What is one kitchen gadget you can’t live without? My metal strainer. I use it for steaming veggies, making gluten free Spaetzle, washing veggies, straining yogurt and of course, noodles.
Favourite food, care to share a recipe? Well, raw oysters are definitely one of my top favorite foods! But one of my favorite recipes to make is my gluten free Zataar rolls. It’s a go to recipe that is so fast and easy to make, I always have some in my freezer to snack on. They remind me of the 4 months I spent traveling in the Middle East, when I threw caution to the wind, traveled on my own for the first time, and decided to allow life to take me where it may!
- ½ c warm water
- 1 Tbsp yeast
- 1 tsp sugar
- 1c tapioca starch
- 1c cornstarch
- ½ c either sorghum, brown or white rice flour, garbanzo bean flour, lentil flour
- 1 Tbsp baking powder
- 1 tsp salt
- 2 tsp xanthan gum
- Rice flour for dusting
- 3/4 c milk brought to room temp.
- ¼ c oil (olive or coconut)
- 1-2 Tbsp melted butter or dairy free alternative
- 4 Tbsp sumac (omit if you can't find it)
- 2 Tbsp thyme
- 1 Tbsp oregano
- 1Tbsp basil
- ½ Tbsp parsley
- ½ tsp salt
- 1 tsp sugar (optional)
1. Grease a baking sheet and/or line with parchment paper.
2. Mix the water, yeast and sugar together and set aside to rise. The yeast should begin to rise and bubble (if it doesn’t, you might need new yeast or warmer water. The water should be warm to touch but not too hot to touch).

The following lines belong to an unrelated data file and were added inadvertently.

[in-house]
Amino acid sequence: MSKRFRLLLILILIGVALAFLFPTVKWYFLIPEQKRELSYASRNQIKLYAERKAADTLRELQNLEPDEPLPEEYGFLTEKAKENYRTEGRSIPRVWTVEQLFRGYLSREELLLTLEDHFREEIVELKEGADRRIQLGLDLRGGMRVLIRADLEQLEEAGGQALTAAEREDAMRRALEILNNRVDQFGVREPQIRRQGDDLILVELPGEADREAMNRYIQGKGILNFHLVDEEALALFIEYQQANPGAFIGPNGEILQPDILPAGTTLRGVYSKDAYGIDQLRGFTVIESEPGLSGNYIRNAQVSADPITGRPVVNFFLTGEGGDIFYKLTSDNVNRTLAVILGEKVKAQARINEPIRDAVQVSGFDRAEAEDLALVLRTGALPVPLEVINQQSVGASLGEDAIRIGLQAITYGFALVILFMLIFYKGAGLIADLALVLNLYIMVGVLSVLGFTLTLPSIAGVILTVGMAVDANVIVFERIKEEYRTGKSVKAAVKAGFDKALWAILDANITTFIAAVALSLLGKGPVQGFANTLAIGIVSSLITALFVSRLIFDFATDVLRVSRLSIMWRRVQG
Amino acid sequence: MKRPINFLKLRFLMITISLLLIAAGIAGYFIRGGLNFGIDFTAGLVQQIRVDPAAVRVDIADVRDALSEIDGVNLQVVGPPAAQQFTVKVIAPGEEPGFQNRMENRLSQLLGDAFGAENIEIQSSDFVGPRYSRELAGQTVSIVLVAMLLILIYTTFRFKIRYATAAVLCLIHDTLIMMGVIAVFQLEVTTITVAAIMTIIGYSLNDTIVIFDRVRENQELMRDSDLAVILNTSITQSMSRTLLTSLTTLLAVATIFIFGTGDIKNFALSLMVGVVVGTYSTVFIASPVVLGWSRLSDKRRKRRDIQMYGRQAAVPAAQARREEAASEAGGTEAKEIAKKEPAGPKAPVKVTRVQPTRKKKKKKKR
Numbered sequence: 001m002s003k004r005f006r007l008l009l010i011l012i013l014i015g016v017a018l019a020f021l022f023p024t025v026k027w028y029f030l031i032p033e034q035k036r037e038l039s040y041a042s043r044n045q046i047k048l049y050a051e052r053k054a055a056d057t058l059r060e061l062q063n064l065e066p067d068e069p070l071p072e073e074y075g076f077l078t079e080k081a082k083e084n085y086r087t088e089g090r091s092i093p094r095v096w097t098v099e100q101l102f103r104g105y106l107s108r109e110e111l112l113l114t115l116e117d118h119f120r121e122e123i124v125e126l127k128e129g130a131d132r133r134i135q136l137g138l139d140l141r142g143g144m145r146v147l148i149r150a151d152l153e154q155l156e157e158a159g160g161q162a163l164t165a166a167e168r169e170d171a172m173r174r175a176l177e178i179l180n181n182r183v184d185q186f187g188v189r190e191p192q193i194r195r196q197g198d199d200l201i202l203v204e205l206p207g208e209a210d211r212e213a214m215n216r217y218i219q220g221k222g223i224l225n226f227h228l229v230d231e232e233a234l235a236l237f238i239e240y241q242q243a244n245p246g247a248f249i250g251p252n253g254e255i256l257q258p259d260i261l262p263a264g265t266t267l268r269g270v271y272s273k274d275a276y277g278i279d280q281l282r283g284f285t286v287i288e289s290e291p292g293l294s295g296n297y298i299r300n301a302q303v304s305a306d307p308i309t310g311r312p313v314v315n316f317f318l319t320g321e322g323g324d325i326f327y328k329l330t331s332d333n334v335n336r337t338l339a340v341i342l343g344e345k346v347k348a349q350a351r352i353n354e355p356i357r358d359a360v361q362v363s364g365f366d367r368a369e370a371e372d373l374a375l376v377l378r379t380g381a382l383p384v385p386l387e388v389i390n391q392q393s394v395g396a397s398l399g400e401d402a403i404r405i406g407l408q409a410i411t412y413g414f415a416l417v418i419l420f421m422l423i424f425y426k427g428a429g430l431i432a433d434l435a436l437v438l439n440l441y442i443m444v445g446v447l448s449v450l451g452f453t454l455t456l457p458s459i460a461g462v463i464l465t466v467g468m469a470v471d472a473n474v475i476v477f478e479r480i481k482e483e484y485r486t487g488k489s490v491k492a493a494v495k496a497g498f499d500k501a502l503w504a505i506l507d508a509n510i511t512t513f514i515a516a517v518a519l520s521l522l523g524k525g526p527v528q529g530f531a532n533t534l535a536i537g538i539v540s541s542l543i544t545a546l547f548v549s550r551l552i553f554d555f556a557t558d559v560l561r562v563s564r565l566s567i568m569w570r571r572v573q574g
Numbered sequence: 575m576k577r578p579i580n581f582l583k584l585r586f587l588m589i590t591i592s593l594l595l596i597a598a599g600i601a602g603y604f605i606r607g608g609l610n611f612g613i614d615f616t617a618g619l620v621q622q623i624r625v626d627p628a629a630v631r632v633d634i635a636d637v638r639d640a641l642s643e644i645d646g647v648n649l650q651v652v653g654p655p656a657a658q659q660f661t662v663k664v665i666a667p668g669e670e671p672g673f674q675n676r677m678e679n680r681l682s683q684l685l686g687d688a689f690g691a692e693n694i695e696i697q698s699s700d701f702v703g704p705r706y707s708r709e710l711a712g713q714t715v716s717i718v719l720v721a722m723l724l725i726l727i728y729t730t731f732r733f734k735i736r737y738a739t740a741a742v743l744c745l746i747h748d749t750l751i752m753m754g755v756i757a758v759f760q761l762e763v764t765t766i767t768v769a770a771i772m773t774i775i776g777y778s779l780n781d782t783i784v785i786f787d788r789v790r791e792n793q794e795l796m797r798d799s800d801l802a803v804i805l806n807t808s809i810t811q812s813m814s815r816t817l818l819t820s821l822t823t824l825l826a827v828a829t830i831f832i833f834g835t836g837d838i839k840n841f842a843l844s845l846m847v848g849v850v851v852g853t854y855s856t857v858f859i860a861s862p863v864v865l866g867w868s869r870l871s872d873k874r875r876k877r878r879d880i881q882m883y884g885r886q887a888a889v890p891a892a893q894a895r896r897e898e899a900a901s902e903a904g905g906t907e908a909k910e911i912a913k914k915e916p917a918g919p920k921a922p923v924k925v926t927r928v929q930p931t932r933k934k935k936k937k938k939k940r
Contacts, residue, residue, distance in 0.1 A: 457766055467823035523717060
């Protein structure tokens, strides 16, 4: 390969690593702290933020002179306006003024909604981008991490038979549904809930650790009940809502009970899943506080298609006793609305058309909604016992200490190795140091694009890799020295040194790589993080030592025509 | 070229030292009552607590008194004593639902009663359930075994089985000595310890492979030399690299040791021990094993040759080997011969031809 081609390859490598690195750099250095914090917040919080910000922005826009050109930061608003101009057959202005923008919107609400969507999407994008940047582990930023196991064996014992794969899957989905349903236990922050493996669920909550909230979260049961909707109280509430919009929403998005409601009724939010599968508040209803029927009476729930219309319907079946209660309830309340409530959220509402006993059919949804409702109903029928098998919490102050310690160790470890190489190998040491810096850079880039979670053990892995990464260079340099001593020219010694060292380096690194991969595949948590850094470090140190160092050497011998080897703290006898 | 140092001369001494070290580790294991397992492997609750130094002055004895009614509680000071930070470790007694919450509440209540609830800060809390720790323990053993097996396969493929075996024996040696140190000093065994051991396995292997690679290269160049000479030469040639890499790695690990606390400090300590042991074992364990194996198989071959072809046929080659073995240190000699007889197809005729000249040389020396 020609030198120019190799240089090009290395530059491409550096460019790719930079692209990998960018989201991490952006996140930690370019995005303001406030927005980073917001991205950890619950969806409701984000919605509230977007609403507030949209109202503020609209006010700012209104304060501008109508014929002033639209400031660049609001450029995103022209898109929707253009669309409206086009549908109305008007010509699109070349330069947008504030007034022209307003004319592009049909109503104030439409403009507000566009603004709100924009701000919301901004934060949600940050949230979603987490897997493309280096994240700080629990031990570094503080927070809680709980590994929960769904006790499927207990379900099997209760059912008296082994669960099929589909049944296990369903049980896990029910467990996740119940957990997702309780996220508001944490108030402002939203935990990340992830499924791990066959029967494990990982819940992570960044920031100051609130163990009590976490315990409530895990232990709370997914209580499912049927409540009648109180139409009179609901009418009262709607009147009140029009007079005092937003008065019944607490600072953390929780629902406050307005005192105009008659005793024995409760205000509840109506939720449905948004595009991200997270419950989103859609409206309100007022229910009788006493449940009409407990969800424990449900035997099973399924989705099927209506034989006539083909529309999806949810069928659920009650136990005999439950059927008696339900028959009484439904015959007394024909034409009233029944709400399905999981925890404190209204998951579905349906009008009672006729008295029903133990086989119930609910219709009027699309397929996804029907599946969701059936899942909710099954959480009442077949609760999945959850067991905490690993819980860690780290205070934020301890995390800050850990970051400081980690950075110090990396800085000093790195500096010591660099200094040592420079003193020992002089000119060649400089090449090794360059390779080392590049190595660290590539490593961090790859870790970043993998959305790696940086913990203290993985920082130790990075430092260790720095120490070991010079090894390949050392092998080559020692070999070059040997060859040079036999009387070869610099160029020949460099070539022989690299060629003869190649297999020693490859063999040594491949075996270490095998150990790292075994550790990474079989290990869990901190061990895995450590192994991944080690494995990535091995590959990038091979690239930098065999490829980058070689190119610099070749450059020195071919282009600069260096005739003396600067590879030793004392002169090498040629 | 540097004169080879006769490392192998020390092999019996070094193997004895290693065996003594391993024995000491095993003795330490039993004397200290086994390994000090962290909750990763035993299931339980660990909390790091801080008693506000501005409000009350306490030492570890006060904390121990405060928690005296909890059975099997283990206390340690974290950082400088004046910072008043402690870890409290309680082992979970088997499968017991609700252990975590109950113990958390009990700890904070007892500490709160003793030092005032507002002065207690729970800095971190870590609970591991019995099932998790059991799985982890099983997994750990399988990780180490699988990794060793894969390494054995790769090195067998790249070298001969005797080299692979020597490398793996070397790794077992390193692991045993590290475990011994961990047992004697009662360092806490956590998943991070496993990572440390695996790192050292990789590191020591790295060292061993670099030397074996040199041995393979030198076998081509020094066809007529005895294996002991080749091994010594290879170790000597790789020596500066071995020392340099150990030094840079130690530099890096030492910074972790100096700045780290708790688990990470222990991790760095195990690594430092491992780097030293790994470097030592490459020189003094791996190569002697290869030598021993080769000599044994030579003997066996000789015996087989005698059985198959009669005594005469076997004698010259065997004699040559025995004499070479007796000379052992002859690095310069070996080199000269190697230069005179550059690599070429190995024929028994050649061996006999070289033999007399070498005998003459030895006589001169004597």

3. In the meantime, mix the dry ingredients together.
4. Add the milk and oil and mix until blended (this will be pretty crumbly). Add the yeast mixture and mix approximately 3 minutes or so, until well blended. This will be a fairly gummy mixture.
5. Generously dust a flat surface with rice flour. Turn the dough out on to it and dust with more rice flour.
6. Knead about 5 or 6 times to work a bit of extra flour in, so the dough is not so sticky. Then dust again and, using a rolling pin, roll the dough out about ¼” thick.
7. Brush about 1 Tbsp of the melted butter liberally over the dough. Sprinkle liberally with the spice mixture.
8. Very carefully, using a knife or spatula to help, lift the edge of the dough nearest to you up and over to roll the dough. Roll all the way to the opposite edge so you have a large log. Using a wet, sharp knife, slice into rounds about 1- 1 ½” thick.
9. Lay the rolls out on the baking sheet, cut side up. Brush with more melted butter.
10. Allow the rolls to rise in a warm place, about 30 minutes. There are a few ways to do this – place a bowl of hot water in the bottom of the oven and put the baking sheet on a rack over top. Or, heat the oven to 250F, then turn it off and place the sheet inside.
11. After the rolls have puffed up somewhat, remove from the oven. Heat oven to 375F, return the baking sheet, and bake for about 20 minutes, until slightly browned on top and a bit crusty on the sides.
These are wonderful eaten warm!!!
What else should we know about you that may or not be in your “About Me” page? I was a professional belly dancer for several years, and paid for most of my post-secondary education dancing at weddings and in Greek restaurants. Now, I run a small business as a dance costume designer.
What makes your blog unique? There’s so many fantastic food blogs out there! I just try to share my own experiences dealing with a ton of food allergies that so far not many people have heard of. I hope it helps other people.
Facebook URL: Poor and Gluten Free
Twitter URL : Gluten Free Cheap